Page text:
The originally promised field of 150 riders and the mornings recount of 50 turned out to be 20 but if quantity was absent quality was in good supply. Youri Zoon (above) of Holland was fresh from winning the fourth World Championship round in Fuerteventura putting him ahead of the pack. He gave me some pointers to the competition ahead. ” We go out for seven minutes in pairs and the judges are looking for power and execution. They award one, two or no points per rider, the whole event is on a round robin knock out system. Look out for the two types of freestyle (there is also a race format) old school is jumps and spins but new school go for tricks passing the handle behind their back.”

Although exhilarating to watch, the rewards for professionals like Youri are pretty scant, the men’s winners share 12,400 euros and the women 3,600. “We have to get good sponsors to pay our travel and hotel bills, 5,000 euros isn’t much for destroying your body.” Youri smiles as he refers to injuries, he has twice broken cross ligaments.

As the riders practiced, the announcer tried to direct the public away from the busiest air space but several groups of beach strollers were buzzed by kites caught on sudden breezes. Despite their inflated edges, a sudden dive was enough to put the wind up a few daydreaming holiday makers. Even the sun bathers were enticed to sit up and admire the flips and charges of the riders as they skimmed over the waves. Dressing for action was an experience in itself. First the harness around the waist and then a tight hold of the reigns while guiding feet into the boards foot holds and finding an extra pair of eyes to make sure the kite wasn’t mingling with another rider’s strings.

The sea was pretty crowded on the first afternoon but stray surfers and swimmers were merely another challenge to these skilled riders. Back on the beach the bar was doing a steady trade and sun cream was slapped on liberally and the Reina beer girls added another layer of glamour to the swim suits and torsos. Even those distractions found it hard to compete with the how fast, how high, how dynamic antics of the riders. The action continues until Saturday 13 August, good luck and may the wind lift you to new glories.


From Dusk Till Dawn & Where’s Harry? in Tenerife News of the Week

Tenerife Magazine’s round up of some of the most interesting news stories of the week in Tenerife.

Santa Cruz the Party Town
Summer in Tenerife’s capital is really set to sizzle with news that the council has relaxed the opening hours for bars and open-air terraces in parts of the city. The extended opening hours relate to establishments within the area that includes Avda. Marítima, Avda. Francisco La Roche, Rambla de Santa Cruz, Avda. de las Asuncionistas and Calle San Sebastián. Throughout summer bars can stay open till 4am, clubs till 6am, restaurants till 2.30am and open-air terraces till 3.30am (Sunday to Thursday) and 6am on Friday, Saturday and festival days. Not everyone is pleased with this news but if the city wants to promote itself as a serious city break destination it needs a thriving nocturnal scene to compare with the best of Europe’s top cities.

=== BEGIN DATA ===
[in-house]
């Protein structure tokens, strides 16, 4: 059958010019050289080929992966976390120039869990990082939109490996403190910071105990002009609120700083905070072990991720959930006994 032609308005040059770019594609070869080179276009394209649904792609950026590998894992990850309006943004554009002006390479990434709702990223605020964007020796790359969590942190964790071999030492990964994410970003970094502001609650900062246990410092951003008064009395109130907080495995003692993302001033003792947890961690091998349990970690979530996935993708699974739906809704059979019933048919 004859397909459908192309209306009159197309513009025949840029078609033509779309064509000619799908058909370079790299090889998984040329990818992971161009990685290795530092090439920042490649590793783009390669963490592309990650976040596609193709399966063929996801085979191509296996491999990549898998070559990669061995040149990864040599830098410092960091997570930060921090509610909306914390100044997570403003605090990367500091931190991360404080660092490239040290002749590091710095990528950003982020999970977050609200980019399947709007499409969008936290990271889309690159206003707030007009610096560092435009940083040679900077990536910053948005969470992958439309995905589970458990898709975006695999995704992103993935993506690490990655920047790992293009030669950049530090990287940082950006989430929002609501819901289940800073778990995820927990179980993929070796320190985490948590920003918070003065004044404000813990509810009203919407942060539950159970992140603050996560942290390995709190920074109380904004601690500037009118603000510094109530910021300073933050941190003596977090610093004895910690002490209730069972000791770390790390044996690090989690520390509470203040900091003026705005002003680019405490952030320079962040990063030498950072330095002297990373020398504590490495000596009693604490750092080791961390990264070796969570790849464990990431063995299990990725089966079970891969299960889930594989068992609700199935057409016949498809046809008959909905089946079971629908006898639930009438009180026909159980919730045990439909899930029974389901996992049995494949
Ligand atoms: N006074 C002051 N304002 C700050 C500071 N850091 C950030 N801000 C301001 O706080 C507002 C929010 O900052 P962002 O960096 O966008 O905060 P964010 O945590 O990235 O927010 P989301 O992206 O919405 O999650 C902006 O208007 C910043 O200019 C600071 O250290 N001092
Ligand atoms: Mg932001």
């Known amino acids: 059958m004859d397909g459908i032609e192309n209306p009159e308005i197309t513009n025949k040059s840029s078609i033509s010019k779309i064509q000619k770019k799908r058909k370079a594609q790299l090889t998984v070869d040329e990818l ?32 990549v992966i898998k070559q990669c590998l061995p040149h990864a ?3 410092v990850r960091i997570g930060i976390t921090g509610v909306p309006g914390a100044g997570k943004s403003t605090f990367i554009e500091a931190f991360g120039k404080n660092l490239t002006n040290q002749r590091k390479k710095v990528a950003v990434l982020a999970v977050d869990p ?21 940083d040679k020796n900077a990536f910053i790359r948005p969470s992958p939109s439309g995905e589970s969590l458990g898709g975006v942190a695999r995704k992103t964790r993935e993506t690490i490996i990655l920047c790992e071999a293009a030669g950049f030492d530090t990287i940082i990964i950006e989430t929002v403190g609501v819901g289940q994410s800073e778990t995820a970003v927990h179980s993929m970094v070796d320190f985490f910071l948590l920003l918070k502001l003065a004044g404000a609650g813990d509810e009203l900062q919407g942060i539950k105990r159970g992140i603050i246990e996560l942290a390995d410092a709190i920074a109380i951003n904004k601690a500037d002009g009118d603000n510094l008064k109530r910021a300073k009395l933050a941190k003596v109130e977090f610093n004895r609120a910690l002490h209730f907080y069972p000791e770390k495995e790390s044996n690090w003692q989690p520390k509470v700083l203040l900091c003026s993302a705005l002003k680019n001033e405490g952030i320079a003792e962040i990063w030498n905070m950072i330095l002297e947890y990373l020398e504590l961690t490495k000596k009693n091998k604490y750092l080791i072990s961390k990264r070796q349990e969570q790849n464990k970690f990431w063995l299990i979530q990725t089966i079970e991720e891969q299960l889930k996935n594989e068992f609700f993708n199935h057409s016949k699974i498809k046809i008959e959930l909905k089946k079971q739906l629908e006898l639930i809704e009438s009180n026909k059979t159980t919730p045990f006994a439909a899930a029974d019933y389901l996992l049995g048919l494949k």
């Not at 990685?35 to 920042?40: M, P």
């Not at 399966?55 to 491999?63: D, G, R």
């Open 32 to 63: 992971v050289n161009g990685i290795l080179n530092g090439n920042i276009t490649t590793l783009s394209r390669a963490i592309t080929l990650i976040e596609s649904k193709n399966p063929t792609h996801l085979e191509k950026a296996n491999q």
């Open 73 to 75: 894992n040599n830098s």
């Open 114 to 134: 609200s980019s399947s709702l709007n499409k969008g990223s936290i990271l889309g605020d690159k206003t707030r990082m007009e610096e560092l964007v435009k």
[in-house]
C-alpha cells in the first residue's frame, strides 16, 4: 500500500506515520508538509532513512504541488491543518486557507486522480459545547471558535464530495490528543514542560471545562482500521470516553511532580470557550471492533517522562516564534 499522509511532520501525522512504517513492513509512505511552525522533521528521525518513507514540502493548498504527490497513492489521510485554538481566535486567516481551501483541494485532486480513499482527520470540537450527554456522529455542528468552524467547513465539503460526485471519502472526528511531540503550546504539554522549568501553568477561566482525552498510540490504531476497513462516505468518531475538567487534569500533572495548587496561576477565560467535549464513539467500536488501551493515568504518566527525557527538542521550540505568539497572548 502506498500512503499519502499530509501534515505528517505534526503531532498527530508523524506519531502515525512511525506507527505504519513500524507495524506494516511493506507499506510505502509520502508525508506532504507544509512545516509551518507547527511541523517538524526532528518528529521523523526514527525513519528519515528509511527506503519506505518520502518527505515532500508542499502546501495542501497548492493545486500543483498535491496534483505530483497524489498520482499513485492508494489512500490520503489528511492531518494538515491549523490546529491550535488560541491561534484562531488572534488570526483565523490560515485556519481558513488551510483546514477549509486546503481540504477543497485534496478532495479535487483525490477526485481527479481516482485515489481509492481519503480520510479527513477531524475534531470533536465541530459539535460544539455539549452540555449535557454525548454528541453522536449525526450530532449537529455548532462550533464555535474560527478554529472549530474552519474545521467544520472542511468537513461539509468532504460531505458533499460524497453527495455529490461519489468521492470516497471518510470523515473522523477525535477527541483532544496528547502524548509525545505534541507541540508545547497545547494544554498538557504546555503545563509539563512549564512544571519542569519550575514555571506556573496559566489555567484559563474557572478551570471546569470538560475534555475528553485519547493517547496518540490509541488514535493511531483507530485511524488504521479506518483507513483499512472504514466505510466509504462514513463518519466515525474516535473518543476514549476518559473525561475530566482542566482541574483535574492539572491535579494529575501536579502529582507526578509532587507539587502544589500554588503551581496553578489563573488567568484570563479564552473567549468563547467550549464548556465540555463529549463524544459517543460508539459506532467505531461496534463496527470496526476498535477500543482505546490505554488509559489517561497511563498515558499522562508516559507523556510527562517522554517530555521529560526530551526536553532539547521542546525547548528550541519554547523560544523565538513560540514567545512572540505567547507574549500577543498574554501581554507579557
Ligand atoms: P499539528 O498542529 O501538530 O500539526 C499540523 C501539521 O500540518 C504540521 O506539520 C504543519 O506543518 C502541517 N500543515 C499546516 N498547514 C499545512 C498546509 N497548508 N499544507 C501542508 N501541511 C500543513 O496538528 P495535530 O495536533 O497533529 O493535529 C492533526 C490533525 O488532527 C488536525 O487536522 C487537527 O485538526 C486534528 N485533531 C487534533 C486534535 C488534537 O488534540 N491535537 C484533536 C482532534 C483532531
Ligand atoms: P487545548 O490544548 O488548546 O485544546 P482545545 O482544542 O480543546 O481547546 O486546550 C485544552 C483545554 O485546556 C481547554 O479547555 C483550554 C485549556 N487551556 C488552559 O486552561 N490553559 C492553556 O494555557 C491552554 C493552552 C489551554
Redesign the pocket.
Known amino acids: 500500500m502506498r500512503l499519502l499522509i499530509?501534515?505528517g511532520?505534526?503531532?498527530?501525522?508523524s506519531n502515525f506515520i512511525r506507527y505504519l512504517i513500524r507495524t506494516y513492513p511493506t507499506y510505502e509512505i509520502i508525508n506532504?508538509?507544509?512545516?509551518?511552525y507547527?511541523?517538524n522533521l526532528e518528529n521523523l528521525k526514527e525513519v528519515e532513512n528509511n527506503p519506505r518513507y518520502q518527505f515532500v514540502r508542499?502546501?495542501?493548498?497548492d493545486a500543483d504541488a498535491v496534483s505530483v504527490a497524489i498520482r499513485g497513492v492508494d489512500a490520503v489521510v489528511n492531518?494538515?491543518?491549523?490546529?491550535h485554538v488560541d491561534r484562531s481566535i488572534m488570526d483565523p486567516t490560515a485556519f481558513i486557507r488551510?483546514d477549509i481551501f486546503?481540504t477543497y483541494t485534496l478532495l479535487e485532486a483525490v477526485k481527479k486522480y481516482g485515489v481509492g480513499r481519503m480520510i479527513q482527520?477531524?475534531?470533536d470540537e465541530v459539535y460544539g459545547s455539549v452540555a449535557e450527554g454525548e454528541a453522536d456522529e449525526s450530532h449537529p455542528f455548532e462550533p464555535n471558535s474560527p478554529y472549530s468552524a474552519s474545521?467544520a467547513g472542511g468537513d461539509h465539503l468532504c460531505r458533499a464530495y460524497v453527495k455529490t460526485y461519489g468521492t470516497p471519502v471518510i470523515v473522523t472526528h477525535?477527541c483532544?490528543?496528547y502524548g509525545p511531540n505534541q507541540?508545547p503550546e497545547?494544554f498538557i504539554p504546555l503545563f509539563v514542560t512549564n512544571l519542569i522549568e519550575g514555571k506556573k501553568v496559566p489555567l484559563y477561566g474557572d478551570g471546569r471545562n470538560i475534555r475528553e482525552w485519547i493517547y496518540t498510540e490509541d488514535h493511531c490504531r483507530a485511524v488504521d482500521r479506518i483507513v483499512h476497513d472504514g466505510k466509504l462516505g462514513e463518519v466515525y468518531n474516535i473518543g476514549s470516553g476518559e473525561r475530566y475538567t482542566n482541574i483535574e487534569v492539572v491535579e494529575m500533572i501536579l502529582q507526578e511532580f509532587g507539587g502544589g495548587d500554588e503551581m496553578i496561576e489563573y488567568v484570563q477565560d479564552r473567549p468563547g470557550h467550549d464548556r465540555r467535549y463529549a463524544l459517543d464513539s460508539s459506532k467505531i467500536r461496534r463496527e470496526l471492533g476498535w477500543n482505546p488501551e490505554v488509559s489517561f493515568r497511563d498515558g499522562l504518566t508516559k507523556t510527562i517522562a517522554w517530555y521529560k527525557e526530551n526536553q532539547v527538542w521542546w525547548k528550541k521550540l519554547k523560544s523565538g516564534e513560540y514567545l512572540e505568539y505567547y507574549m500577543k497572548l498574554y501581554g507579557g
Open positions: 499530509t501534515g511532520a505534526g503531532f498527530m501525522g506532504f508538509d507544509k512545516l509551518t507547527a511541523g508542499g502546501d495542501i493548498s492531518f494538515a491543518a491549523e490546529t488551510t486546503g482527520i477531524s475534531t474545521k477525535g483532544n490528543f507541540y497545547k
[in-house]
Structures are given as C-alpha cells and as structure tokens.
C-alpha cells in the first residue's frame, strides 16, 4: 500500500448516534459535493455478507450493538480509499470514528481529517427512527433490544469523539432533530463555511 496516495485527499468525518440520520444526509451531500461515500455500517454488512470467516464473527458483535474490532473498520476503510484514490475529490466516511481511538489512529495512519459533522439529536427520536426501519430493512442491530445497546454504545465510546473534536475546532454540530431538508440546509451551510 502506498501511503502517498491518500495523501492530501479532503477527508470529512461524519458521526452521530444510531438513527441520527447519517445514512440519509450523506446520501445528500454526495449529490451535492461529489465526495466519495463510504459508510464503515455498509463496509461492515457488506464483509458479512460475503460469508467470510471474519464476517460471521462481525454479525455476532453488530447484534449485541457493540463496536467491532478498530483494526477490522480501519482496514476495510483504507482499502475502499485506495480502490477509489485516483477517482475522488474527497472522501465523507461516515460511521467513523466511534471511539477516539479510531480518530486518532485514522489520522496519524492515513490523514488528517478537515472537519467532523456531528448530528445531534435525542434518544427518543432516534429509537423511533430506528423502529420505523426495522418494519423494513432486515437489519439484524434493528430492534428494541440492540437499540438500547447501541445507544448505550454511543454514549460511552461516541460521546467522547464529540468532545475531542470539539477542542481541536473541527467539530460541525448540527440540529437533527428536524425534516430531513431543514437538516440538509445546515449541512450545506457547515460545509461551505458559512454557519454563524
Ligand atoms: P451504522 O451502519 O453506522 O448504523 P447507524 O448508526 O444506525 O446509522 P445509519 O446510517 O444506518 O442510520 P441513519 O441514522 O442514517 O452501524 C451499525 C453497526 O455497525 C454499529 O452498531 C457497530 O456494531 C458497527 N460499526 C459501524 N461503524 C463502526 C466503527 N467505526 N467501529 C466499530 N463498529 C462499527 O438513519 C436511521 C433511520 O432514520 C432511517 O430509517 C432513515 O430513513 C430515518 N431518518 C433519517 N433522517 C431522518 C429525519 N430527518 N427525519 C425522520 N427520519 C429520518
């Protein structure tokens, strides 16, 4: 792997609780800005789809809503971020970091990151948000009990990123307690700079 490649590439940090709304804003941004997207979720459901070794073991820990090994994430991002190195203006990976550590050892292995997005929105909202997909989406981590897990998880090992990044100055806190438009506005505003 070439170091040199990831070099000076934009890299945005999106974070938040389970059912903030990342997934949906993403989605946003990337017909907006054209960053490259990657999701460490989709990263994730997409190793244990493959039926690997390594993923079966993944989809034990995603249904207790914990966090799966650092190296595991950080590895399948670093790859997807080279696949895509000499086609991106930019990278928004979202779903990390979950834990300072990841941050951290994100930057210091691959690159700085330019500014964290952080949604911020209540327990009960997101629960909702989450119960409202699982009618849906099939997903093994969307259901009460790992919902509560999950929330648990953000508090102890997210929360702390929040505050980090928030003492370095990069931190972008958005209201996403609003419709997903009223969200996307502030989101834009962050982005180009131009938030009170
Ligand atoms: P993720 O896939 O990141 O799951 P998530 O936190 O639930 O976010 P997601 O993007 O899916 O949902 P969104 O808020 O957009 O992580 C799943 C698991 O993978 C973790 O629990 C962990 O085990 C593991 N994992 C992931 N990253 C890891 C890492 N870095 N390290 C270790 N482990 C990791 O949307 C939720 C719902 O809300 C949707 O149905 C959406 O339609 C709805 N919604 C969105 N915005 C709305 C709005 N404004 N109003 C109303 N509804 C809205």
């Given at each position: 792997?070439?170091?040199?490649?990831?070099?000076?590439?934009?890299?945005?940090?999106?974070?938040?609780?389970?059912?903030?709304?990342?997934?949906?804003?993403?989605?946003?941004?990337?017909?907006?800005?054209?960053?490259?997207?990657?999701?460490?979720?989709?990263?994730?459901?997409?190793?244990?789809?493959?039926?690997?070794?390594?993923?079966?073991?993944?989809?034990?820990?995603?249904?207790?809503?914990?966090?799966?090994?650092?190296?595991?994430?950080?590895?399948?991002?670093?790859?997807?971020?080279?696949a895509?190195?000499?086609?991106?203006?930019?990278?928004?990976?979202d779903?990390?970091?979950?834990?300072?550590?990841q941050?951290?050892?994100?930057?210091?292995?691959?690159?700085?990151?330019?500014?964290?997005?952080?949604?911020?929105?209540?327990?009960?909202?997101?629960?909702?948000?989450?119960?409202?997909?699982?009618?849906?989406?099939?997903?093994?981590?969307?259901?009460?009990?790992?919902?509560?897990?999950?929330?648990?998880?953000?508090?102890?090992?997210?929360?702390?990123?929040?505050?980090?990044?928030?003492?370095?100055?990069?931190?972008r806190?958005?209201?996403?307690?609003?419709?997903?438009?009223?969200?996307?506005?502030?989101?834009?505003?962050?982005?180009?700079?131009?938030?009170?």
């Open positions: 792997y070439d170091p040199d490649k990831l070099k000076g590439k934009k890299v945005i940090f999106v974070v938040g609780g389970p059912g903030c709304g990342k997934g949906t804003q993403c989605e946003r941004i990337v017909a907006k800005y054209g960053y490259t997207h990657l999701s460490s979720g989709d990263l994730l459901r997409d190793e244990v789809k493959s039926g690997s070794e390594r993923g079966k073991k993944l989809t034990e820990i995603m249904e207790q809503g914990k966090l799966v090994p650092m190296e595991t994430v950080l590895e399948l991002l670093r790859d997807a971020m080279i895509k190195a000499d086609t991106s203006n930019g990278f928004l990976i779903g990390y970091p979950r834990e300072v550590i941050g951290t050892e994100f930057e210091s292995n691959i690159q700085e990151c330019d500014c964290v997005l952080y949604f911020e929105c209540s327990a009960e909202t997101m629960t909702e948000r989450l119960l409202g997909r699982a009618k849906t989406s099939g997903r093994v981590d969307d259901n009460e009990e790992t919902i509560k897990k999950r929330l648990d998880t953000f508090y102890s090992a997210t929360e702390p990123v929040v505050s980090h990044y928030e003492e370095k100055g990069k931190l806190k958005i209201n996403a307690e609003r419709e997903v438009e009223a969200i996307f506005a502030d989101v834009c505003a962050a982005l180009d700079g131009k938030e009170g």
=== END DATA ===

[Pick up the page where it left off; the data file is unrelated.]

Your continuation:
How to Attract the Crowds in Tenerife
To put into perspective the embarrassingly low figures that turned out for the Michael Bolton concert last week, here are some figures from the Virgen del Carmen celebrations in Puerto de la Cruz. According to official figures (some bloke in a cap counting 1,2,3…) 130,000 people visited the town for the celebrations with around an estimated 53,000 cramming into the harbour area to watch the embarkation. Of course local fiestas are free and instead of Michael Bolton crooning Dock of the Bay you get a local singer belting out Ave Maria ““ so it’s no contest really.

Bow WOW ““ Tenerife’s Doggie Park
The council in Candelaria have created a park exclusively for the use of man’s best friend (should that be human’s?). The 5000 square metre park lies near the TF1 slip road at Punta Larga and is open for doggie business between 7.30am and 9pm every day. There’s one area specifically for small to medium sized dogs and another for the big guys ““ a bit of segregation there ““ and owners are responsible for cleaning up after their dogs as well as ensuring there’s no canine hanky panky…there will be young pups present after all. Apparently the municipality’s feline population are not a-mew-sed at this blatant display of favouritism.

What 110kph Speed Limit?

There’s been a lot of debate about the decision by the Spanish Government to reduce the speed limit to 110 kph earlier in the year. Doubt about its effectiveness continues with news that the result of a traffic survey revealed that only a third of Spanish drivers actually stayed with the temporary limit. Nearly 50% of drivers surveyed admitted to going over the limit every now and again whilst over 20% confessed to more or less ignoring the limit completely. The findings won’t really come as a surprise to anyone who spends a lot of time driving on Tenerife’s motorways. Rules? It seems traffic laws are treated, as Captain Barbossa would say, more like “what you’d call ‘guidelines” than actual rules.”

Problems in El Médano
It looks like café society is in danger of spiralling out of control in El Médano. Some residents are up in arms because they claim bars, cafés and restaurants have invaded pedestrianised areas with their tables and chairs; apparently making getting anywhere on foot in parts a difficult and risky business. The council are taking urgent action to stem the flow of tables and chairs especially as there are concerns that someone may get accidentally clobbered by a beach bag…clearly serious stuff.